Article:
“Market value is the estimated amount for which an asset should exchange on the date of valuation between a willing buyer and a willing seller in an arm’s length transaction after proper marketing wherein the parties had each acted knowledgeably, prudently and without compulsion.”
Right to challenge Valuation Report: As the owner of the property that is being foreclosed, the borrower has the right to challenge the accuracy and correctness of the Valuation Report prepared by the bank’s valuer and to challenge the valuer’s opinion on the “Market Value” of the borrower’s property that is the subject of the foreclosure proceedings.
In my previous article (NST RED 10th August 2012), I suggested that when two valuers are instructed at the same time to value a residential property like an apartment, terrace house or detached house located in Kuala Lumpur, the valuation of the property by the two valuers will not differ much one from the other. They will likely have adopted the same method, namely the Direct Comparison Method for their valuations. Similarly, the valuation of a valuer appointed by the borrower to value his house, a straightforward residential property in Kuala Lumpur is not likely to differ much from the valuation of the same property by the bank’s valuer.
However, when these two valuers are instructed at the same time to value a 50-acre plot of vacant land in Kajang, Selangor, they will likely produce Valuation Reports that are vastly different in their opinions of value with the difference
between the lowest value and the highest value ranging from 50 per cent (at the lower range) to 400 per cent (at the higher range). In absolute figures, Valuer A may value the 50-acre land at RM10 Million whilst Valuer B may value it at RM15 Million (50 per cent higher) or even RM40 Million (400 per cent higher).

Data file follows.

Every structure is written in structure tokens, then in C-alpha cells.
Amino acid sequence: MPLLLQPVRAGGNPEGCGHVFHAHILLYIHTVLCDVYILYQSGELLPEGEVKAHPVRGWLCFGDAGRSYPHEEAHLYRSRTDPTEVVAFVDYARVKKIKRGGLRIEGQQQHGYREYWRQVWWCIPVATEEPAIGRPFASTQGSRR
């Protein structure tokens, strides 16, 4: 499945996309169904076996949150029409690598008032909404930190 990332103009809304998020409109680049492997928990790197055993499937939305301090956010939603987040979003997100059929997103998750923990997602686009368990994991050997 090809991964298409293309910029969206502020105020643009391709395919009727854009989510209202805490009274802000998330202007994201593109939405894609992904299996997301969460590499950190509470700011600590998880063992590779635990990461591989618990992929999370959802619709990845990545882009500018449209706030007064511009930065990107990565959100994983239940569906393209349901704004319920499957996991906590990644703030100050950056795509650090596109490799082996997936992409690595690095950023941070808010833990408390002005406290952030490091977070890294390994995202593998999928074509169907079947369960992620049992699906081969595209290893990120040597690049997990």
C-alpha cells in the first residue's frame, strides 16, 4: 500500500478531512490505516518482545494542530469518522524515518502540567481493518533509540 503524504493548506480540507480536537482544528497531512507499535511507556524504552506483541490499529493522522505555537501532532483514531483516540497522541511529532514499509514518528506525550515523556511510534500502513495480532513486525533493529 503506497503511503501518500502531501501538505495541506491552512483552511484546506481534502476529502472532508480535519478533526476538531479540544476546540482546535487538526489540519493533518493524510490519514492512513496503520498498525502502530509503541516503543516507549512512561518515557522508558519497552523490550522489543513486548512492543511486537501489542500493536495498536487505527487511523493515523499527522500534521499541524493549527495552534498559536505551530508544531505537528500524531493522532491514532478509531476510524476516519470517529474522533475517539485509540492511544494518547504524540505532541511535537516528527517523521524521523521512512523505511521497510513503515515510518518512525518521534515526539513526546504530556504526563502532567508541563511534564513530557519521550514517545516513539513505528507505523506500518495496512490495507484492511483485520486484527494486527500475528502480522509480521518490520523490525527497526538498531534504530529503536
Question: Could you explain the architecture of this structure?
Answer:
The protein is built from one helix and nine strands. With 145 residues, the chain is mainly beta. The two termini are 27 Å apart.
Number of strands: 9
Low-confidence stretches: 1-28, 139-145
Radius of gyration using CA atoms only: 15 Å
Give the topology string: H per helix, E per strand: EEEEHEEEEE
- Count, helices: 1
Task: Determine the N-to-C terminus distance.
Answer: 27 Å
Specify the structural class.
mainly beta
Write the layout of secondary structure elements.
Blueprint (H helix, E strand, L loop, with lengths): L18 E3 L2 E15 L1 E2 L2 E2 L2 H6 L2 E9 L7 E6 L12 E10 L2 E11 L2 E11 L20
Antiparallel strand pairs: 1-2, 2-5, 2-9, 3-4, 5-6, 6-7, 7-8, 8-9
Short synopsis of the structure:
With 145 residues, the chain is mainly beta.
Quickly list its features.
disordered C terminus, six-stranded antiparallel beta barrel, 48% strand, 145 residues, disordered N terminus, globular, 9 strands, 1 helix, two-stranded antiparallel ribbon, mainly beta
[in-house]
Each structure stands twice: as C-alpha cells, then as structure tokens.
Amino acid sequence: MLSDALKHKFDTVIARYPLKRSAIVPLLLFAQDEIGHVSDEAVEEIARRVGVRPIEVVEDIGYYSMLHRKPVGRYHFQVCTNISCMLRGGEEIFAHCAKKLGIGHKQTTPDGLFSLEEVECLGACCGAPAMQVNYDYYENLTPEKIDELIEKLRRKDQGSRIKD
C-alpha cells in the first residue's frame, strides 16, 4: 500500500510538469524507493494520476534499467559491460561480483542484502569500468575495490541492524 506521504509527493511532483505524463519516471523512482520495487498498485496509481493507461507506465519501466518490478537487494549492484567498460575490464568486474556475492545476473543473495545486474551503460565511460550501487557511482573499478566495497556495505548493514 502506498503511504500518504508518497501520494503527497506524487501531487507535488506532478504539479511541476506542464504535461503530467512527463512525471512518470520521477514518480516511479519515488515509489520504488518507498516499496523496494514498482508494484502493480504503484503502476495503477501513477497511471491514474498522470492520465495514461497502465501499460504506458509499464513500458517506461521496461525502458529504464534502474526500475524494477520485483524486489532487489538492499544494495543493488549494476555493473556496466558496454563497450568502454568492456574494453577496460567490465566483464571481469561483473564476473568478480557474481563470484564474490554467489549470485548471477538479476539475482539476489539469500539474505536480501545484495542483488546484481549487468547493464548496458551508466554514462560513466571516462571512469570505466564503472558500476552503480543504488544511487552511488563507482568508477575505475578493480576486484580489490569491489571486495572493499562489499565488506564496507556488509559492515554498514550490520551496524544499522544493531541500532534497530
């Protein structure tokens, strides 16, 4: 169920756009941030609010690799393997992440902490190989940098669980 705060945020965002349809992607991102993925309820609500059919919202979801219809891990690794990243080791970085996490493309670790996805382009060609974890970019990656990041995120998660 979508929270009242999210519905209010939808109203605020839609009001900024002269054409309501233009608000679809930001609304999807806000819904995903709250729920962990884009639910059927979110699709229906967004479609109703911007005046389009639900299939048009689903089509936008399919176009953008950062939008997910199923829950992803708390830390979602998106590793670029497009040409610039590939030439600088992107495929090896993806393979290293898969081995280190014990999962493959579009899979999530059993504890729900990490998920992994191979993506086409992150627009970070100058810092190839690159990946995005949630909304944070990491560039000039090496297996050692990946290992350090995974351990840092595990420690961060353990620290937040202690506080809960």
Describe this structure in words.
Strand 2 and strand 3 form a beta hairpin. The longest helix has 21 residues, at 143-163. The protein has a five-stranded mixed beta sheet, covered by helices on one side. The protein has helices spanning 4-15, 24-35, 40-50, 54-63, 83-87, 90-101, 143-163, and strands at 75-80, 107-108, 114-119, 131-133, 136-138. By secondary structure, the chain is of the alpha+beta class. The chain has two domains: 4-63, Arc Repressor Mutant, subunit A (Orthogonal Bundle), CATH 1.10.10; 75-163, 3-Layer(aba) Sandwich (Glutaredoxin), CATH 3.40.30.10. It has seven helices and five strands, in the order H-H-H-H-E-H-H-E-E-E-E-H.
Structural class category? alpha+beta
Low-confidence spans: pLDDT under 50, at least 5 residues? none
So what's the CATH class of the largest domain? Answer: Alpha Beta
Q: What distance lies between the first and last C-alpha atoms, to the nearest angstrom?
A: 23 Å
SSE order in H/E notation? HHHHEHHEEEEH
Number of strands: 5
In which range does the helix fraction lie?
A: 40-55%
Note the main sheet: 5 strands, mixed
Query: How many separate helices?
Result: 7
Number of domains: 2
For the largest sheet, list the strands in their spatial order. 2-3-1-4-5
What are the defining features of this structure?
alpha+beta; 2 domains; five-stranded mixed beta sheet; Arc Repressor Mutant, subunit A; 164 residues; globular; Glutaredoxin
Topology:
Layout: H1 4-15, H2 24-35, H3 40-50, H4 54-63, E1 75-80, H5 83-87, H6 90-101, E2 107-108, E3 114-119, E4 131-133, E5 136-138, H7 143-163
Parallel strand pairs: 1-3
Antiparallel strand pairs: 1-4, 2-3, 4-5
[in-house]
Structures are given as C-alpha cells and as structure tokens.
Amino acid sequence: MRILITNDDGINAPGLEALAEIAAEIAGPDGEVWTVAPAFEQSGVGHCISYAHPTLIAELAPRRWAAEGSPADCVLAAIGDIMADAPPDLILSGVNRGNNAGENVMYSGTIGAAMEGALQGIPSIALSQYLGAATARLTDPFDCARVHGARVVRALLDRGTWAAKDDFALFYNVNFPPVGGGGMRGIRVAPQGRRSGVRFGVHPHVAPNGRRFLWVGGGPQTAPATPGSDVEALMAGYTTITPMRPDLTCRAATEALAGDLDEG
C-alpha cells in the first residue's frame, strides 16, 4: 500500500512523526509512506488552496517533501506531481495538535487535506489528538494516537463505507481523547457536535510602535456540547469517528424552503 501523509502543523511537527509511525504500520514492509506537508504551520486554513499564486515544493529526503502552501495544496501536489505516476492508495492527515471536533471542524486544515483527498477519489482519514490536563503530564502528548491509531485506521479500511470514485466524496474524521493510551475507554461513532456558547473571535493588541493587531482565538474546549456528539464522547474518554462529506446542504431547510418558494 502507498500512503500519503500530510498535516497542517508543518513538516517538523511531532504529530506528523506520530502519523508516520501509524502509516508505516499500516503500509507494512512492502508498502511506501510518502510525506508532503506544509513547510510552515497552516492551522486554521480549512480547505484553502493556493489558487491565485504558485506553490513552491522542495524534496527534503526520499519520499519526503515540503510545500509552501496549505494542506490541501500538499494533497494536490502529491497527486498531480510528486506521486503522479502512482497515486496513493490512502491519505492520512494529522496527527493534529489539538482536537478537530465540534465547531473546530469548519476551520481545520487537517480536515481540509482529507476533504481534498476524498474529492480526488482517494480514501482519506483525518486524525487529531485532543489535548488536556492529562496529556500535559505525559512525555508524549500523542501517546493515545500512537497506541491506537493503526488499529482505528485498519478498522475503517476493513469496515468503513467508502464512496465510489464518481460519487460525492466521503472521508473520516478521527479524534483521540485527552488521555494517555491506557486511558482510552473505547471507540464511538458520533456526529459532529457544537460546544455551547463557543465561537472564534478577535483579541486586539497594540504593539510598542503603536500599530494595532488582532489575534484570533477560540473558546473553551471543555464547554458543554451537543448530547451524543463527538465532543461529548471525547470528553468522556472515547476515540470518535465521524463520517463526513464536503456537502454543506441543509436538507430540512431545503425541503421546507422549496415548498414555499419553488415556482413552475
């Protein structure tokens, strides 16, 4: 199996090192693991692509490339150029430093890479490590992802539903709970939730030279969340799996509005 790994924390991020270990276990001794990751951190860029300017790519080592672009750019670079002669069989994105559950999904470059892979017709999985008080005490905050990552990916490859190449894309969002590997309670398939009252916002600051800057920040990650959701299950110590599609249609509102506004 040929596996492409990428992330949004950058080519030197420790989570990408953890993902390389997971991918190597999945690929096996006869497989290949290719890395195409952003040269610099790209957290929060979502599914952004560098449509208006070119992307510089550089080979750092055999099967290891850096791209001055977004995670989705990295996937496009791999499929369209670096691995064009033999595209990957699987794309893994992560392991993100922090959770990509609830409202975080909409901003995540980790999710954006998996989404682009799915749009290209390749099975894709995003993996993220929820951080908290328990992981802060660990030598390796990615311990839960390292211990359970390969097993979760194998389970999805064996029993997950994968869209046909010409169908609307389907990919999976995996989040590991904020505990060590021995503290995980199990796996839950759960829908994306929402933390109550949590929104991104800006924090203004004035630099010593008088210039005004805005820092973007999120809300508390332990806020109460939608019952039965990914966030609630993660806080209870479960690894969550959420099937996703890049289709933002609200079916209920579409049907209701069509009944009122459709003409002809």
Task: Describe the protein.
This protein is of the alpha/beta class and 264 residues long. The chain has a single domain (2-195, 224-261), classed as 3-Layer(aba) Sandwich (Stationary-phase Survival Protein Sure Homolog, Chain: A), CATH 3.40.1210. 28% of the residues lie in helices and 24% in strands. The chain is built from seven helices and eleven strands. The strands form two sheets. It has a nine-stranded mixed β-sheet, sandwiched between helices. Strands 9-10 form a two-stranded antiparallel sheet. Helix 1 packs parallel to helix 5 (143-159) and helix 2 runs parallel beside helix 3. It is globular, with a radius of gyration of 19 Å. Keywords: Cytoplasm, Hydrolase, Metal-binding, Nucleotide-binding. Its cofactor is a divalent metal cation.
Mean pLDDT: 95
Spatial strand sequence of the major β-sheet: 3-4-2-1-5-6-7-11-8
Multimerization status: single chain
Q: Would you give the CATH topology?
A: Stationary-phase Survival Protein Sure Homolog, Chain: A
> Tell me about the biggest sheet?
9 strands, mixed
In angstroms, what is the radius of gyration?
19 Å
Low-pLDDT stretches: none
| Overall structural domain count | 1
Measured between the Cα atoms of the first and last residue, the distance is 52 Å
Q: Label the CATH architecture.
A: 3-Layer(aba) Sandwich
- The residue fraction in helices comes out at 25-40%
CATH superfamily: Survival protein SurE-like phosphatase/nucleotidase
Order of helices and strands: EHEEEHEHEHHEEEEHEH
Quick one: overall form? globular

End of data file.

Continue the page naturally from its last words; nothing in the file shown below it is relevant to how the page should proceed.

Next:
Can either of the valuers be wrong or can they both be wrong? Who will decide which valuer is right and which one is wrong?
Overseas-Chinese Banking Corporation Ltd vs Kredin Sdn Bhd
This is a foreclosure dispute between Overseas-Chinese Banking Corporation Ltd (OCBC) and Kredin Sdn Bhd (the “Borrower”) that was heard and decided by the Kuala Lumpur High Court in December 1995.
In the Originating Summons No 31-1069-86 between OCBC and Kredin Sdn Bhd (Kredin), OCBC had in November 1988 appointed Encik Sulaiman Mustafa of Jones Lang Wooton to value five contiguous plots of residential zoned land located next to the Kuala Lumpur City Centre (KLCC), off Jalan Ampang, Kuala Lumpur (the subject properties).
In November 1988, Sulaiman valued the 206,531 sq ft (4.74 acres) land at RM19,000 (RM0.09 per sq ft).
In April 1993, the same Sulaiman prepared an update Valuation Report and re-valued the land at RM42,000 (RM0.20 per sq ft).